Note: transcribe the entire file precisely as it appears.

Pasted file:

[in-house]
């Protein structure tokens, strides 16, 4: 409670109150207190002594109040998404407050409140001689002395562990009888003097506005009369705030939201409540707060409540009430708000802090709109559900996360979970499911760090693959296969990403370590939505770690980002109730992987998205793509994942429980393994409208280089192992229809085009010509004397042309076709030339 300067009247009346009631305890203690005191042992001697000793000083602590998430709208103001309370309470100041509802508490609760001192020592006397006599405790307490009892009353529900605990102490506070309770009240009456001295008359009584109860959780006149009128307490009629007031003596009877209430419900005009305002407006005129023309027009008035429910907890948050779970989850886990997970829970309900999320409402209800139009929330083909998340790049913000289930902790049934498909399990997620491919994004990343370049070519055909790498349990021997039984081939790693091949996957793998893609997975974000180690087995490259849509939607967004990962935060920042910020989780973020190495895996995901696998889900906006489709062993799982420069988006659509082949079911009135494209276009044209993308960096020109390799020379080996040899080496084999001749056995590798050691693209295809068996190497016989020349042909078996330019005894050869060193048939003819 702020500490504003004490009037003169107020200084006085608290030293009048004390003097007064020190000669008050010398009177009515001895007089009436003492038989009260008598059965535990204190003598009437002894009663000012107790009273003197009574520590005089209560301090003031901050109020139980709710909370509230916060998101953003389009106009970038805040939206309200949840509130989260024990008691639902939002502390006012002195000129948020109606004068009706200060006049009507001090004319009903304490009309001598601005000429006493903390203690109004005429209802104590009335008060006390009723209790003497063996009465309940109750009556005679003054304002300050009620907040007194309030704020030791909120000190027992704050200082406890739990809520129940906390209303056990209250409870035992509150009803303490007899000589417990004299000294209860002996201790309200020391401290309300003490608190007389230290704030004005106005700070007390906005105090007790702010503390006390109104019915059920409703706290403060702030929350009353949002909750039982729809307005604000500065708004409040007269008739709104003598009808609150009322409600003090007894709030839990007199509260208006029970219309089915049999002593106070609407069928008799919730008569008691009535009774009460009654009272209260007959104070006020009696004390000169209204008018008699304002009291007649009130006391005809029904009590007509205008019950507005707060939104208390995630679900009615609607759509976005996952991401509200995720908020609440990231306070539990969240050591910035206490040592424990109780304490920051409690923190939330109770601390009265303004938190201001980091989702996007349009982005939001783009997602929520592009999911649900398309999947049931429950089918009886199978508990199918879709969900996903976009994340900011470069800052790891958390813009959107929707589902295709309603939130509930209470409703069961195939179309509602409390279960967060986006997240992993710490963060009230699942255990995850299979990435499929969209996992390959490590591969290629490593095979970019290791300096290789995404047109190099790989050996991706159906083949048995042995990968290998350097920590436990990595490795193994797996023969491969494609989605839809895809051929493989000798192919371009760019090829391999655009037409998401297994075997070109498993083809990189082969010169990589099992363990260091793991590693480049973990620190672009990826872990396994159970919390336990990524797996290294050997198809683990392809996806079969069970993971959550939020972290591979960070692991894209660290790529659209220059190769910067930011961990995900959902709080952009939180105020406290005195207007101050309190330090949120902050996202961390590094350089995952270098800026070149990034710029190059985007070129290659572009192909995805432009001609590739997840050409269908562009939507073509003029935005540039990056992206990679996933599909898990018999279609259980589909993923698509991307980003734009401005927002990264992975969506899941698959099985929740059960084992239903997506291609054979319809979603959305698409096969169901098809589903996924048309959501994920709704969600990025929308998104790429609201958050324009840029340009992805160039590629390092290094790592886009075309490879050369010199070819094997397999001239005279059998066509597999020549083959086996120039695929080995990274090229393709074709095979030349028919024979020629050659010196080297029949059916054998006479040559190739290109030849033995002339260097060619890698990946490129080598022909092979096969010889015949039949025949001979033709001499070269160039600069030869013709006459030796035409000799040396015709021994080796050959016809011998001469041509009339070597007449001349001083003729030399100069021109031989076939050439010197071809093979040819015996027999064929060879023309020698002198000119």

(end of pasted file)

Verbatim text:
[in-house]
């Protein structure tokens, strides 16, 4: 409670109150207190002594109040998404407050409140001689002395562990009888003097506005009369705030939201409540707060409540009430708000802090709109559900996360979970499911760090693959296969990403370590939505770690980002109730992987998205793509994942429980393994409208280089192992229809085009010509004397042309076709030339 300067009247009346009631305890203690005191042992001697000793000083602590998430709208103001309370309470100041509802508490609760001192020592006397006599405790307490009892009353529900605990102490506070309770009240009456001295008359009584109860959780006149009128307490009629007031003596009877209430419900005009305002407006005129023309027009008035429910907890948050779970989850886990997970829970309900999320409402209800139009929330083909998340790049913000289930902790049934498909399990997620491919994004990343370049070519055909790498349990021997039984081939790693091949996957793998893609997975974000180690087995490259849509939607967004990962935060920042910020989780973020190495895996995901696998889900906006489709062993799982420069988006659509082949079911009135494209276009044209993308960096020109390799020379080996040899080496084999001749056995590798050691693209295809068996190497016989020349042909078996330019005894050869060193048939003819 702020500490504003004490009037003169107020200084006085608290030293009048004390003097007064020190000669008050010398009177009515001895007089009436003492038989009260008598059965535990204190003598009437002894009663000012107790009273003197009574520590005089209560301090003031901050109020139980709710909370509230916060998101953003389009106009970038805040939206309200949840509130989260024990008691639902939002502390006012002195000129948020109606004068009706200060006049009507001090004319009903304490009309001598601005000429006493903390203690109004005429209802104590009335008060006390009723209790003497063996009465309940109750009556005679003054304002300050009620907040007194309030704020030791909120000190027992704050200082406890739990809520129940906390209303056990209250409870035992509150009803303490007899000589417990004299000294209860002996201790309200020391401290309300003490608190007389230290704030004005106005700070007390906005105090007790702010503390006390109104019915059920409703706290403060702030929350009353949002909750039982729809307005604000500065708004409040007269008739709104003598009808609150009322409600003090007894709030839990007199509260208006029970219309089915049999002593106070609407069928008799919730008569008691009535009774009460009654009272209260007959104070006020009696004390000169209204008018008699304002009291007649009130006391005809029904009590007509205008019950507005707060939104208390995630679900009615609607759509976005996952991401509200995720908020609440990231306070539990969240050591910035206490040592424990109780304490920051409690923190939330109770601390009265303004938190201001980091989702996007349009982005939001783009997602929520592009999911649900398309999947049931429950089918009886199978508990199918879709969900996903976009994340900011470069800052790891958390813009959107929707589902295709309603939130509930209470409703069961195939179309509602409390279960967060986006997240992993710490963060009230699942255990995850299979990435499929969209996992390959490590591969290629490593095979970019290791300096290789995404047109190099790989050996991706159906083949048995042995990968290998350097920590436990990595490795193994797996023969491969494609989605839809895809051929493989000798192919371009760019090829391999655009037409998401297994075997070109498993083809990189082969010169990589099992363990260091793991590693480049973990620190672009990826872990396994159970919390336990990524797996290294050997198809683990392809996806079969069970993971959550939020972290591979960070692991894209660290790529659209220059190769910067930011961990995900959902709080952009939180105020406290005195207007101050309190330090949120902050996202961390590094350089995952270098800026070149990034710029190059985007070129290659572009192909995805432009001609590739997840050409269908562009939507073509003029935005540039990056992206990679996933599909898990018999279609259980589909993923698509991307980003734009401005927002990264992975969506899941698959099985929740059960084992239903997506291609054979319809979603959305698409096969169901098809589903996924048309959501994920709704969600990025929308998104790429609201958050324009840029340009992805160039590629390092290094790592886009075309490879050369010199070819094997397999001239005279059998066509597999020549083959086996120039695929080995990274090229393709074709095979030349028919024979020629050659010196080297029949059916054998006479040559190739290109030849033995002339260097060619890698990946490129080598022909092979096969010889015949039949025949001979033709001499070269160039600069030869013709006459030796035409000799040396015709021994080796050959016809011998001469041509009339070597007449001349001083003729030399100069021109031989076939050439010197071809093979040819015996027999064929060879023309020698002198000119």